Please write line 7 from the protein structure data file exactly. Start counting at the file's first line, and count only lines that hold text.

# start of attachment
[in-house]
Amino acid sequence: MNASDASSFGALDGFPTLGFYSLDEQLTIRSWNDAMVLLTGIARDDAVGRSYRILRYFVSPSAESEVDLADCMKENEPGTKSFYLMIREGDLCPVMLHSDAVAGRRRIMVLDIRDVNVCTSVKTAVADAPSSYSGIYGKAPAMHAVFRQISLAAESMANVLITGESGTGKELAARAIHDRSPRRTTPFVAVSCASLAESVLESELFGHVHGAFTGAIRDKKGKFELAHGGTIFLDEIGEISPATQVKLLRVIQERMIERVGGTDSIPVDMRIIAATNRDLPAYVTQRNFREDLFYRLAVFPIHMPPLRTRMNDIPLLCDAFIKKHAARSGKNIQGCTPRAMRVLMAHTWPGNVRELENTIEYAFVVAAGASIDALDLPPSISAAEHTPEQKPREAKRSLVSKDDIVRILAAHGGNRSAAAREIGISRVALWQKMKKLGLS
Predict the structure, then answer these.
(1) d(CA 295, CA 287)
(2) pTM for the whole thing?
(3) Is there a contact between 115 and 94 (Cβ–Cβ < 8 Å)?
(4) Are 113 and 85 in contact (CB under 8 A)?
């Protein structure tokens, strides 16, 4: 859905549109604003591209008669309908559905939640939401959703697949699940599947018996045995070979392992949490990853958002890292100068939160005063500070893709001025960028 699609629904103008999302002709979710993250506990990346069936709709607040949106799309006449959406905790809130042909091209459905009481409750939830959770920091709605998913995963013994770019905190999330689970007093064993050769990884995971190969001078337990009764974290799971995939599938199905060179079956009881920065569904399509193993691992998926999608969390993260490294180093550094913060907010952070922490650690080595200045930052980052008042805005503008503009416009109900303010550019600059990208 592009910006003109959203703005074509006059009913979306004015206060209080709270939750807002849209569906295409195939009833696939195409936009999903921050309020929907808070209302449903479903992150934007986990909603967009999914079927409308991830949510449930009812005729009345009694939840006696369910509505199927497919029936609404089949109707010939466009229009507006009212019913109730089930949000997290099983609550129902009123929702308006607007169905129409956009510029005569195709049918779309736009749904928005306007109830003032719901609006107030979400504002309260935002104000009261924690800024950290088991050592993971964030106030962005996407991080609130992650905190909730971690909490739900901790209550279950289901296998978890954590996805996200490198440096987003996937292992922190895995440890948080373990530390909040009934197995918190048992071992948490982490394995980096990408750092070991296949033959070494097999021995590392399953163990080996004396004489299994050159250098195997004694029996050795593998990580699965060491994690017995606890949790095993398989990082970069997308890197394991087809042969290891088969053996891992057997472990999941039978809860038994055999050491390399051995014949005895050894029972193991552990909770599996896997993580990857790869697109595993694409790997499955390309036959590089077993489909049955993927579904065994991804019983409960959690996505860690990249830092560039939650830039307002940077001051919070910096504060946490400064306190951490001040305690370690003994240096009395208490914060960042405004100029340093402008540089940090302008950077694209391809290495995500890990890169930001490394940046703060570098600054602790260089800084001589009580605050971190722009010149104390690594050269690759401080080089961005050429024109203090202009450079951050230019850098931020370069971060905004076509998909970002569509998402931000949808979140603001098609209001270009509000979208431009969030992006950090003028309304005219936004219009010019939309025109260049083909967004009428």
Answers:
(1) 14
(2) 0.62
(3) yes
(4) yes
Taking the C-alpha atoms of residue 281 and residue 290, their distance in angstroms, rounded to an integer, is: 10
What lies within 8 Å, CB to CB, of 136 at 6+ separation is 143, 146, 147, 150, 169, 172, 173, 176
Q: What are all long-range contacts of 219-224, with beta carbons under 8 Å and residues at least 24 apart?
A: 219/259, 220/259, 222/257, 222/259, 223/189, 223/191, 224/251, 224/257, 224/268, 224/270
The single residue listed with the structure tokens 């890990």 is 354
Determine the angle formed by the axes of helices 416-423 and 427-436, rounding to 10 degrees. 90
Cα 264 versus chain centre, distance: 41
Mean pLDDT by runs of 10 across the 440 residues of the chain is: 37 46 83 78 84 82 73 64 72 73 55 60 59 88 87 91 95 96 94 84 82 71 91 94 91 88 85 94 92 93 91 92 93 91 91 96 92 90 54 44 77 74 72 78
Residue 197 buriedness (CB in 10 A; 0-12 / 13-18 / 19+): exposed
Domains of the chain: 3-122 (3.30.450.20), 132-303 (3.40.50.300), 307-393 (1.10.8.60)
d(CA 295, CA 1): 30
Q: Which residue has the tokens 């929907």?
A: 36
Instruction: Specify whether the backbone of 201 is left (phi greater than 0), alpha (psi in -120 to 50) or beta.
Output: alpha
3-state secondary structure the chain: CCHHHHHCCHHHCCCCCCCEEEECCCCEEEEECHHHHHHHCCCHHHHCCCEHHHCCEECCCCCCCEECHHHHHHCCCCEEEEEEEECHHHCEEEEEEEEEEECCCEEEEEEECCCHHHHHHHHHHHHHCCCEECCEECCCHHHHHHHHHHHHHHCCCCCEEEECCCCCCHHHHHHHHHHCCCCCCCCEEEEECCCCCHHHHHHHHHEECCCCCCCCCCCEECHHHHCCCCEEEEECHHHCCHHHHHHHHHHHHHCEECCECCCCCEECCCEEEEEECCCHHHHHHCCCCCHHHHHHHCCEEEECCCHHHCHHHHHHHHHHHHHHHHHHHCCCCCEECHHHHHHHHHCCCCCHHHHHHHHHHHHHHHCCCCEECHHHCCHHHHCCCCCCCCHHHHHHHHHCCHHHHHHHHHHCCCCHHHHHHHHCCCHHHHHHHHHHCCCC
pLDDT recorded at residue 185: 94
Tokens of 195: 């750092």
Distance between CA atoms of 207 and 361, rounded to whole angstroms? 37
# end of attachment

(4) Are 113 and 85 in contact (CB under 8 A)?